The Army is upgrading its fleet of MQ-1C Gray Eagle Unmanned Aircraft Systems while also advancing plans to equip each 10-15,000 Soldier division with its reconnaissance, surveillance, targeting and acquisition capabilities, officials said.
“The feedback we’ve gotten from our warfighters down range is that this system is a game changer. It is really enhancing our ability,” said Maj. Gen. Tim Crosby, Program Executive Officer – Aviation. “Soldiers have been able to take this great technology and put it into the war quickly with great results.”
At a recent Defense Acquisition Board, Pentagon officials approved an Army plan to acquire 29 more aircraft as part of a longer term plan to equip each division with a Gray Eagle company consisting of a full-spectrum Combat Aviation Brigade of 12 aircraft, Crosby explained.
“The world will continue to be a dangerous place. Having that organic reconnaissance, surveillance, and target acquisition, or RSTA, capability at the division level will be a real asset,” said Rich Kretzschmar, Unmanned Aircraft Systems, or UAS, deputy project manager.
The Gray Eagle is a Hellfire missile-equipped, 3,600-pound UAS with a 56-foot wingspan and the ability to fly and send back images and sensor data for nearly 24 hours at altitudes up to 25,000 feet. Two Quick Reaction Capabilities units, each consisting of four aircraft, ground control stations and supporting equipment, are currently deployed in Afghanistan.
Additionally, a Gray Eagle company of 12 aircraft is serving in Afghanistan. Overall, the Gray Eagle has flown more than 24,000 combat hours and maintained an operational availability at about 85-percent, said Col. Tim Baxter, UAS project manager.
The Gray Eagle “quick reaction capability,” or QRCs, represents an effort to send emerging technology to theater as a way to refine requirements for an acquisition program, upgrade the sensors and software and provide Soldiers the battlefield advantage of utilizing its technology, all while simultaneously preserving the Milestones, checks, balances and procedures central to a formal Program of Record procurement effort, officials explained.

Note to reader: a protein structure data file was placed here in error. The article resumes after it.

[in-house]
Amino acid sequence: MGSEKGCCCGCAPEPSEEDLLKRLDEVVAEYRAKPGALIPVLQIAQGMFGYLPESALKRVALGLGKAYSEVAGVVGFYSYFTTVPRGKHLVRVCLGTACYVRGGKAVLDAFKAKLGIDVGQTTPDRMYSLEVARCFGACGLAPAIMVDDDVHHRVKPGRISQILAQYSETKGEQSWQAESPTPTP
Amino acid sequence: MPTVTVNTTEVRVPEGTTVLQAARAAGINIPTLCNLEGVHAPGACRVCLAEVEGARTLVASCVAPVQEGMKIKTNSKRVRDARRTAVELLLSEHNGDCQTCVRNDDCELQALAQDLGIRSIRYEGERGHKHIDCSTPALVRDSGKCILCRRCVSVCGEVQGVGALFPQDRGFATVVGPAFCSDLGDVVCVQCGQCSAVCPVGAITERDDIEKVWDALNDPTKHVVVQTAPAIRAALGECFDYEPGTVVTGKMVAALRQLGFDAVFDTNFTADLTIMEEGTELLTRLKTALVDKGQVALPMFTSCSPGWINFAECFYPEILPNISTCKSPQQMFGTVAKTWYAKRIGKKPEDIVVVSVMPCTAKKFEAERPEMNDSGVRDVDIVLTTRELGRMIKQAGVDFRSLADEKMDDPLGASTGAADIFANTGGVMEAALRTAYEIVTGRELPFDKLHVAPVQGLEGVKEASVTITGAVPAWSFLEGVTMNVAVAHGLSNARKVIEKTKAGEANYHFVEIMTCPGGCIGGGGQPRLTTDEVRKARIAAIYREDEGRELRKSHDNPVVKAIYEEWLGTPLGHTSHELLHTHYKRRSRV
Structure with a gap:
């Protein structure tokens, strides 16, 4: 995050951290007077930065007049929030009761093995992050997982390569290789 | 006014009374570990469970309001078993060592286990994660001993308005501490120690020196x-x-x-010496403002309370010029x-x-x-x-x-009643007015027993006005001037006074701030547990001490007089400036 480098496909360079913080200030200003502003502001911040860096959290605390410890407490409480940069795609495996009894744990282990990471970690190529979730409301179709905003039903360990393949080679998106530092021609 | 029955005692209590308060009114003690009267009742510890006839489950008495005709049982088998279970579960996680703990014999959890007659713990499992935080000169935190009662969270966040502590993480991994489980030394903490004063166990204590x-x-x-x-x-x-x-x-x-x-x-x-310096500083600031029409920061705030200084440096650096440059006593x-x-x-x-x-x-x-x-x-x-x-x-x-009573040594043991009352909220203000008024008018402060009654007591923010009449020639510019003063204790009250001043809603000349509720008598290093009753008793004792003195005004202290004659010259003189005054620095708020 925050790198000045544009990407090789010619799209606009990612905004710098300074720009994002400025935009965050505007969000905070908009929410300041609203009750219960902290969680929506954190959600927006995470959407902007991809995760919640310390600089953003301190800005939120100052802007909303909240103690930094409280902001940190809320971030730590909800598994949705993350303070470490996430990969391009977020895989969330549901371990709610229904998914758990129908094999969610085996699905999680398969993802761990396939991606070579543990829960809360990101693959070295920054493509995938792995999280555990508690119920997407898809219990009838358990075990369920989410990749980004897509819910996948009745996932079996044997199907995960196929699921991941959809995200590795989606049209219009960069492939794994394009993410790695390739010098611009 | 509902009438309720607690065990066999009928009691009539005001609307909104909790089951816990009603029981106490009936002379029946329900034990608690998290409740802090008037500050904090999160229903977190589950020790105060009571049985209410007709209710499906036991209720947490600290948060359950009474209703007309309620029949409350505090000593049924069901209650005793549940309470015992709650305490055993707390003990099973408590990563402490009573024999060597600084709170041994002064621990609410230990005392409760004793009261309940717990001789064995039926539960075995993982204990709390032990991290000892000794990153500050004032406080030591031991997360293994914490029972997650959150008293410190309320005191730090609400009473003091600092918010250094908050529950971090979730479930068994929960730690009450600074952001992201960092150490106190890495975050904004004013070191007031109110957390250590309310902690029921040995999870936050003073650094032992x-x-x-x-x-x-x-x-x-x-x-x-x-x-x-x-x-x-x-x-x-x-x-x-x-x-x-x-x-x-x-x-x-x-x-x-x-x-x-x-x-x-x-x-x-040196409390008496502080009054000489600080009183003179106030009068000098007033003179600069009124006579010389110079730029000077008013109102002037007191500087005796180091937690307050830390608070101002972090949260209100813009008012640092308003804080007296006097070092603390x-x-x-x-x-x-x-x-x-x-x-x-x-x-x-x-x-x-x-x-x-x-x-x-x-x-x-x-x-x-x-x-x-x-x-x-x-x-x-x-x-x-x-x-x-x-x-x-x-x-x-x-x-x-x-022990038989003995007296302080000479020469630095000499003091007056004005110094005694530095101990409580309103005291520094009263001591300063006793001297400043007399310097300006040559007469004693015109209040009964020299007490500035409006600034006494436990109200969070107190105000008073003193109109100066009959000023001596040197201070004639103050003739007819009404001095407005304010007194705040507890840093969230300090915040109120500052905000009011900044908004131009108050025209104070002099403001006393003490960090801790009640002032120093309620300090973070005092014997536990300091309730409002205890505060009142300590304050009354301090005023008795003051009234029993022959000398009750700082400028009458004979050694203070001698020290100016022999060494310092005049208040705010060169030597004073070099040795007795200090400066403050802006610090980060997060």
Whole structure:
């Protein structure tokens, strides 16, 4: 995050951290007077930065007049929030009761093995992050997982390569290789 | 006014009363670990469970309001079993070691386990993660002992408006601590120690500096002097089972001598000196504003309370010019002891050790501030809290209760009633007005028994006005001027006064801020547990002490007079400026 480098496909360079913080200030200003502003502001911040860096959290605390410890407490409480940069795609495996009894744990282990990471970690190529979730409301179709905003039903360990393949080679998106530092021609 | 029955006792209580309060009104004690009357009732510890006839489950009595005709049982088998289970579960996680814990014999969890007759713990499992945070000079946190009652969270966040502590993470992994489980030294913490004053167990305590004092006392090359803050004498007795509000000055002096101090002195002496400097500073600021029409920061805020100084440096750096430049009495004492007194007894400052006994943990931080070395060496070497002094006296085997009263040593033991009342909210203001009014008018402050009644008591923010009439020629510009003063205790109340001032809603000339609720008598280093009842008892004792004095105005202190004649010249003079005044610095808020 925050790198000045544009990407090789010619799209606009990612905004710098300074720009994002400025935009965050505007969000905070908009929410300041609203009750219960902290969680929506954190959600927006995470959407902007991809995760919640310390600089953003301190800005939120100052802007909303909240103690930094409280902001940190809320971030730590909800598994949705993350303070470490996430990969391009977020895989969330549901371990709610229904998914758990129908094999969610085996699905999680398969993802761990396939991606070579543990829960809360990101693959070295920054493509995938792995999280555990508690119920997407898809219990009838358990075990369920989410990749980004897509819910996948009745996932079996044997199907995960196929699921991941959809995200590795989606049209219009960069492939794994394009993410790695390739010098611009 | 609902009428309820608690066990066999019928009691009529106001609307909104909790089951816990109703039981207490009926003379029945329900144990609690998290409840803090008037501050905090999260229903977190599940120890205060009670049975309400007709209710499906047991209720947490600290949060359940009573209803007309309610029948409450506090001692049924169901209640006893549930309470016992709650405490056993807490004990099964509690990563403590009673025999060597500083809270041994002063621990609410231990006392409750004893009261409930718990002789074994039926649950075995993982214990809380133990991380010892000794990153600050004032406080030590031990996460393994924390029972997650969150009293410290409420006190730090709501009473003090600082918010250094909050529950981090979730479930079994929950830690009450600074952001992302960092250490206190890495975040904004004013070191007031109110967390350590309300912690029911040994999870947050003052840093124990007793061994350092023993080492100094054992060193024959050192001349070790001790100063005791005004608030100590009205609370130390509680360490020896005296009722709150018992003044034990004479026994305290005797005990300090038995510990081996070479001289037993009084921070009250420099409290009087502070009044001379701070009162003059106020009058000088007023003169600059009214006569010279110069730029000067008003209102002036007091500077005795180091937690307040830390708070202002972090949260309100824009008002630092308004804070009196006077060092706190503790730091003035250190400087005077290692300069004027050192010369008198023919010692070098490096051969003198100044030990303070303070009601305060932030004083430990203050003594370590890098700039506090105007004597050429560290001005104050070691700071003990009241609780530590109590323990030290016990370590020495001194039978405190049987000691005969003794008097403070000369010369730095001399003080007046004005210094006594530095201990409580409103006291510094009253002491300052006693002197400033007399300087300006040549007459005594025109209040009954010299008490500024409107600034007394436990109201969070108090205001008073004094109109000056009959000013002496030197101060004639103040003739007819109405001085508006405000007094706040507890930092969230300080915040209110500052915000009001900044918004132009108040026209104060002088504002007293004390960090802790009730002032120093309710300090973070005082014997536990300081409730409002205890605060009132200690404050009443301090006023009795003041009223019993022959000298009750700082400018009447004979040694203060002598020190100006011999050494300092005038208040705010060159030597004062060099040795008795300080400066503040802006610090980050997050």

“This is a contingency based program. We’ve been putting kits in the field while simultaneously in the background developing the system as part of a Program of Record. This has been an iterative process,” said Baxter. “We added additional avionics and we added a [communications] relay capability. We have a laundry list of 15 to 25 things that we have added over the last three or four years. Right now in theater, Gray Eagles are flying 70 to 90 hours a day.”
Part of the rationale for the QRC is to harness key input and feedback from Soldiers using the system as a way to improve the aircraft, and in some instances, help add new capability. Gray Eagles QRCs have been operating in theater since 2009, according to Crosby and Baxter.
“This program has been such a success because this is one of those non-traditional acquisition programs. We have been growing this capability in the hands of Soldiers since its inception. We started out with some prototypes and we put some out there in the theater and started learning,” noted Crosby. “We’ve continued to learn. We get feedback from the Soldiers as we go and the system has done so well that we keep adding stuff. We have been focused on giving warfighter capability.”
Along these lines, further planned upgrades to the Gray Eagle system involve the addition of a Synthetic Aperture Radar, or SAR, Ground Moving Target Indicator, or GMTI, sensor and an Air Data Relay, or ADR, capability. Kretzschmar explained that ADR capability gives Soldiers and UAS operators the ability to pass information from one air vehicle to another from a ground-control station.
“If you don’t have a line-of-sight connection and you want to extend your range, Air Data-Relay gives you that ability,” said Kretzschmar.
Air Data Relay is expected to prove extremely useful in the mountainous regions of Afghanistan, where obtaining line-of-sight connections can prove to be more difficult, he added.
“If you are operating in an environment where satellite communications is not available, this allows you to move your data from bird to bird without having to rely on satellite communication,” Baxter said.
Plans to improve Gray Eagle capability are the latest in a series of upgrades to the system taking place over the last several years, Crosby said. Each time the sensors are upgraded, new software is integrated into the system as well.
“When we first put this system in theater, it was just a Gray Eagle with an EO/IR, or Electro-Optical/Infrared, sensor. Then we put missiles on it. Now we are going to put SAR GMTI on it and we are going to put Air Data Relay on it. These are combat capabilities that our warfighters are calling for,” Crosby said.
The Gray Eagle acquisition program is preparing for a formal Initial Operational Test and Evaluation, also known as IOT&E, later this summer. During the IOT&E, it will formally demonstrate its capabilities while working in tandem with the Army’s Block III Apache attack helicopter.
The Gray Eagle is capable of what is called Level IV Manned-Unmanned Teaming, a technological advance in which helicopter pilots not only have the ability to view live feeds from a nearby UAS in real time, but also have the ability to fly the UAS and control the sensor payload.